Thursday, 09 April, 2020

Twitter mistakenly uses people's personal information to target ads

Cartoon image of a sperm whale being held aloft by balloons EnlargeTwitter
Cecil Davis | 09 October, 2019, 13:13

Twitter Inc. said it used phone numbers and email addresses that some users uploaded for security reasons to target them with ads.

The company issued a statement saying that the misuse of that information was a "mistake" and was "inadvertent".

The social media platform maintains that it doesn't share personal data externally, and that it is uncertain as to the number of people affected by this.

The Tailored Audiences programme enables organisations to target adverts against their own marketing lists, including emails addresses and phone numbers.

Facebook was caught out using 2FA data for targeted advertising previous year.

"As of September 17, we have addressed the issue that allowed this to occur and are no longer using phone numbers or email addresses collected for safety or security purposes for advertising".

Costs of strike mounting for GM workers and GM alike
Workers earn $250 per week in strike pay while they're on the picket lines, about one-fifth of what they normally make. The company also said it is committed to talking around the clock to resolve the dispute.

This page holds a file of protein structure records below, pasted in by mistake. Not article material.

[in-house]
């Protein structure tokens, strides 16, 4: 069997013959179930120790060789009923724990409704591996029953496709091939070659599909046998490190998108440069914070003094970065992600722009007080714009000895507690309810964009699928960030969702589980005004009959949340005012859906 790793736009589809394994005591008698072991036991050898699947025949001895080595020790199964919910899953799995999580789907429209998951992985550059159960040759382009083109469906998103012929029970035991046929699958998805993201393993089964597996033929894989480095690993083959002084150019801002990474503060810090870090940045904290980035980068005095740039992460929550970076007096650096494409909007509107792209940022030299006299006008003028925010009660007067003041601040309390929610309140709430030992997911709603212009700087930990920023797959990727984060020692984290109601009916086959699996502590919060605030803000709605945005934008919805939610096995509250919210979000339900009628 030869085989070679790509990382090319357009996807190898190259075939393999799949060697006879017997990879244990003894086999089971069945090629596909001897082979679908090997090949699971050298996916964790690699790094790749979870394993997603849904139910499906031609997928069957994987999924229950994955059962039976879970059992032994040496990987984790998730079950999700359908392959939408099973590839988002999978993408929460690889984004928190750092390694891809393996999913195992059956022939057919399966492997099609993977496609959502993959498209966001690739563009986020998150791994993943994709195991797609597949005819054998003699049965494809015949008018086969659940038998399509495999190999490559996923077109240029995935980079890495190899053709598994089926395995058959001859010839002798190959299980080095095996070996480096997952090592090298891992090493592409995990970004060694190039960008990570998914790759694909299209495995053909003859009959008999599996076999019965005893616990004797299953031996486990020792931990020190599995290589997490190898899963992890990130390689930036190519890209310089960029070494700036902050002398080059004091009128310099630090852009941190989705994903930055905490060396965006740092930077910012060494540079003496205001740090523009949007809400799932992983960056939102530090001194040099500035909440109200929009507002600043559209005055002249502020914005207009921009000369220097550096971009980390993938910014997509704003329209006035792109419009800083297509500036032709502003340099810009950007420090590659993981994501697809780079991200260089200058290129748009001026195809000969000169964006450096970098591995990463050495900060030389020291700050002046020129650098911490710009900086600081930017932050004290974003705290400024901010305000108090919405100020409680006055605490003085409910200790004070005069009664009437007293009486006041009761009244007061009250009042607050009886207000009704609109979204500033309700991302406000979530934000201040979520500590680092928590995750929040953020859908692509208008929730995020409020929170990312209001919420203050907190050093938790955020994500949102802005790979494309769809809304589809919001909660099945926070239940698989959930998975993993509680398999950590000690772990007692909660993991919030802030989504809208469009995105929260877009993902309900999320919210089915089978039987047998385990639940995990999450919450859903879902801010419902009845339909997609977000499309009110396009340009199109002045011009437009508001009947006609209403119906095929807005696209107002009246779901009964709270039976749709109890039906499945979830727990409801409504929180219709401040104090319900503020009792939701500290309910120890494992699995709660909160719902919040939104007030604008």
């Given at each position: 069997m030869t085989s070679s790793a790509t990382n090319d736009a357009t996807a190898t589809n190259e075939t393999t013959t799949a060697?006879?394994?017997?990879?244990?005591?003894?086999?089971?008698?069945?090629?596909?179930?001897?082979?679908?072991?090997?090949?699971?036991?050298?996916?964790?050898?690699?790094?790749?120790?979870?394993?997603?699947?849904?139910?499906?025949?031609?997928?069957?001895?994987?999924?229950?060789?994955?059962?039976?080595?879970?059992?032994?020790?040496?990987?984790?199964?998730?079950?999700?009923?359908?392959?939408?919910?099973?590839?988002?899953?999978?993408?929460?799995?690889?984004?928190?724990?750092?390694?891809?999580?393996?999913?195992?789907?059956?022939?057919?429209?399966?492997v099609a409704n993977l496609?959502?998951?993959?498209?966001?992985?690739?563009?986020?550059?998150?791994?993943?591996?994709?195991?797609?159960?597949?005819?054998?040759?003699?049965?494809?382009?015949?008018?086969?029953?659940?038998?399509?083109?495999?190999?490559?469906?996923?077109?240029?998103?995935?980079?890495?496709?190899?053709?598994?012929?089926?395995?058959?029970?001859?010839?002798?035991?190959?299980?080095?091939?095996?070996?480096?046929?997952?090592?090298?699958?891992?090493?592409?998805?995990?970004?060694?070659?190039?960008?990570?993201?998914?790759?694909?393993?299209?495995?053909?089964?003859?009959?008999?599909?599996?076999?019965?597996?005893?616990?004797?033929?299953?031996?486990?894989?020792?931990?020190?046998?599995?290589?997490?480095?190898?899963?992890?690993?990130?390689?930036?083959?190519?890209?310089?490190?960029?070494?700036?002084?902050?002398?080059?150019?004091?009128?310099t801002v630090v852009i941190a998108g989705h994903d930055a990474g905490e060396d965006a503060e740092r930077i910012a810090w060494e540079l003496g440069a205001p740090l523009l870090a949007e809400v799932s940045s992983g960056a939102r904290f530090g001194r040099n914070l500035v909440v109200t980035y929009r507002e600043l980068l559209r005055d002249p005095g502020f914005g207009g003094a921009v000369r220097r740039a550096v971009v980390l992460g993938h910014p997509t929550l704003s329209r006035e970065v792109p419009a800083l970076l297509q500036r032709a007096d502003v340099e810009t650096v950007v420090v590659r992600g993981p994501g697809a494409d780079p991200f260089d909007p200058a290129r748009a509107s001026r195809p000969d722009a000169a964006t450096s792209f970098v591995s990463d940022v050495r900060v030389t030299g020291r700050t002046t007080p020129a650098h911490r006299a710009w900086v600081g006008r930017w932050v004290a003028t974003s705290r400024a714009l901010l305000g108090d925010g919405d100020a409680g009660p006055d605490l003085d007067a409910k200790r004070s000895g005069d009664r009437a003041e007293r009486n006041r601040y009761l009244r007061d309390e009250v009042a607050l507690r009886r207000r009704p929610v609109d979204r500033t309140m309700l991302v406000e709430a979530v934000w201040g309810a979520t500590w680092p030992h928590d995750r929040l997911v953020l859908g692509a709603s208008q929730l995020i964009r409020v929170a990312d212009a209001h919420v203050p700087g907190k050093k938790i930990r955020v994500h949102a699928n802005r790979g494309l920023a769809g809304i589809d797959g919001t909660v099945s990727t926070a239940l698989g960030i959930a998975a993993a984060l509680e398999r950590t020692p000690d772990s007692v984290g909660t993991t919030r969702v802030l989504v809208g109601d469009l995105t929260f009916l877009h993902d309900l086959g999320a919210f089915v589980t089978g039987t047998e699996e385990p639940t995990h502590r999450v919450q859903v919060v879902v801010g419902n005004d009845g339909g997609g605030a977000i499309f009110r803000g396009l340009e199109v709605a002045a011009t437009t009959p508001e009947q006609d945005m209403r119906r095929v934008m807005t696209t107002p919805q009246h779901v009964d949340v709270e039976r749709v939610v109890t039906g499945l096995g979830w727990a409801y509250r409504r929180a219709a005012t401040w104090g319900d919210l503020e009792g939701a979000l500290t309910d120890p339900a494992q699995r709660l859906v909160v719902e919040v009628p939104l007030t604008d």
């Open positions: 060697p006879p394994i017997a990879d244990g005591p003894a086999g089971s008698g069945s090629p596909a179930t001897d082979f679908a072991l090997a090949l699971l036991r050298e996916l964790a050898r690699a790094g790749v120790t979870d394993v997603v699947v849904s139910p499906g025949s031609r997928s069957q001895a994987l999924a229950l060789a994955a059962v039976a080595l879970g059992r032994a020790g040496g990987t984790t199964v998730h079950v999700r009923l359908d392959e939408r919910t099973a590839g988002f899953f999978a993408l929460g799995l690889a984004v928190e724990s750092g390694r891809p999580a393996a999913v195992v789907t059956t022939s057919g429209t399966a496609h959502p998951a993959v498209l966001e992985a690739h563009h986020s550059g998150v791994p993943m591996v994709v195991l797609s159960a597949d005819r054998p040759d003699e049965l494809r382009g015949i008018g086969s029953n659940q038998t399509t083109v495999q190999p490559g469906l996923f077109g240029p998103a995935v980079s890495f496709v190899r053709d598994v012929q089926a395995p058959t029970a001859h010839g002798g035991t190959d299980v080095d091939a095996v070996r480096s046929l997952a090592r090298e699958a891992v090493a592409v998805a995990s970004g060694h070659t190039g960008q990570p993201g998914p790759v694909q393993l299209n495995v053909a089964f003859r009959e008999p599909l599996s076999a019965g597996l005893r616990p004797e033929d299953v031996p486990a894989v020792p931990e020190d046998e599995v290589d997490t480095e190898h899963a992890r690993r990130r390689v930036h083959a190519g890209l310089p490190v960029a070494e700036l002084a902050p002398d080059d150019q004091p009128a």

According to Twitter, when advertisers uploaded their own marketing list of phone number and email addresses, Twitter's software matched that list to Twitter users based on the 2FA details (phone number and email addresses) provided to them exclusively for security purposes.

"We can not say with certainty how many people were impacted by this, but in an effort to be transparent, we wanted to make everyone aware", said Twitter.

"We're very sorry this happened and are taking steps to make sure we don't make a mistake like this again", said the company. They were provided to help protect users' accounts one way or another.

Meanwhile, Partner Audiences provides those same features to advertisers, but the lists are created by third parties.

It's the latest in a series of security lapses at Twitter in the past year. This had been a known security flaw for some time, but was only taken down after the account of Twitter CEO Jack Dorsey was compromised.

This security mishap was subsequently discovered by a research team after the phone numbers added to test accounts were actively being targeted by advertisers after just a couple of weeks.